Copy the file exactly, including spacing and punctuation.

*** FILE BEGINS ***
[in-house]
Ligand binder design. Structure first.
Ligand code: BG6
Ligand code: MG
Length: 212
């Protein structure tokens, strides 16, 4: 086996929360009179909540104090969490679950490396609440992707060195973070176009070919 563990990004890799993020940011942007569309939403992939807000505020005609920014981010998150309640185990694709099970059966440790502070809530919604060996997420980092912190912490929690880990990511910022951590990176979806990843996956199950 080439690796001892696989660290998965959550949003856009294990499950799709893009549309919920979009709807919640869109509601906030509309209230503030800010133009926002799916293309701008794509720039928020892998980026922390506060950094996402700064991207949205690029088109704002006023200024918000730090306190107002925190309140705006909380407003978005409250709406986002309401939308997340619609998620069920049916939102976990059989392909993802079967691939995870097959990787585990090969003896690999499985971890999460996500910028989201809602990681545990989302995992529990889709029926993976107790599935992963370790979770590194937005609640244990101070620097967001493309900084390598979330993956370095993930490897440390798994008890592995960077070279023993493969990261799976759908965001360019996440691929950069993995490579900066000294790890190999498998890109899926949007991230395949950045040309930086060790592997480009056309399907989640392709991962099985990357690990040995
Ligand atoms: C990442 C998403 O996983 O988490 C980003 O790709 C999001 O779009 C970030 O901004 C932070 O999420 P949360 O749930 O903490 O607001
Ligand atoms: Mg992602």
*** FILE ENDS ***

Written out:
[in-house]
Ligand binder design. Structure first.
Ligand code: BG6
Ligand code: MG
Length: 212
């Protein structure tokens, strides 16, 4: 086996929360009179909540104090969490679950490396609440992707060195973070176009070919 563990990004890799993020940011942007569309939403992939807000505020005609920014981010998150309640185990694709099970059966440790502070809530919604060996997420980092912190912490929690880990990511910022951590990176979806990843996956199950 080439690796001892696989660290998965959550949003856009294990499950799709893009549309919920979009709807919640869109509601906030509309209230503030800010133009926002799916293309701008794509720039928020892998980026922390506060950094996402700064991207949205690029088109704002006023200024918000730090306190107002925190309140705006909380407003978005409250709406986002309401939308997340619609998620069920049916939102976990059989392909993802079967691939995870097959990787585990090969003896690999499985971890999460996500910028989201809602990681545990989302995992529990889709029926993976107790599935992963370790979770590194937005609640244990101070620097967001493309900084390598979330993956370095993930490897440390798994008890592995960077070279023993493969990261799976759908965001360019996440691929950069993995490579900066000294790890190999498998890109899926949007991230395949950045040309930086060790592997480009056309399907989640392709991962099985990357690990040995
Ligand atoms: C990442 C998403 O996983 O988490 C980003 O790709 C999001 O779009 C970030 O901004 C932070 O999420 P949360 O749930 O903490 O607001
Ligand atoms: Mg992602």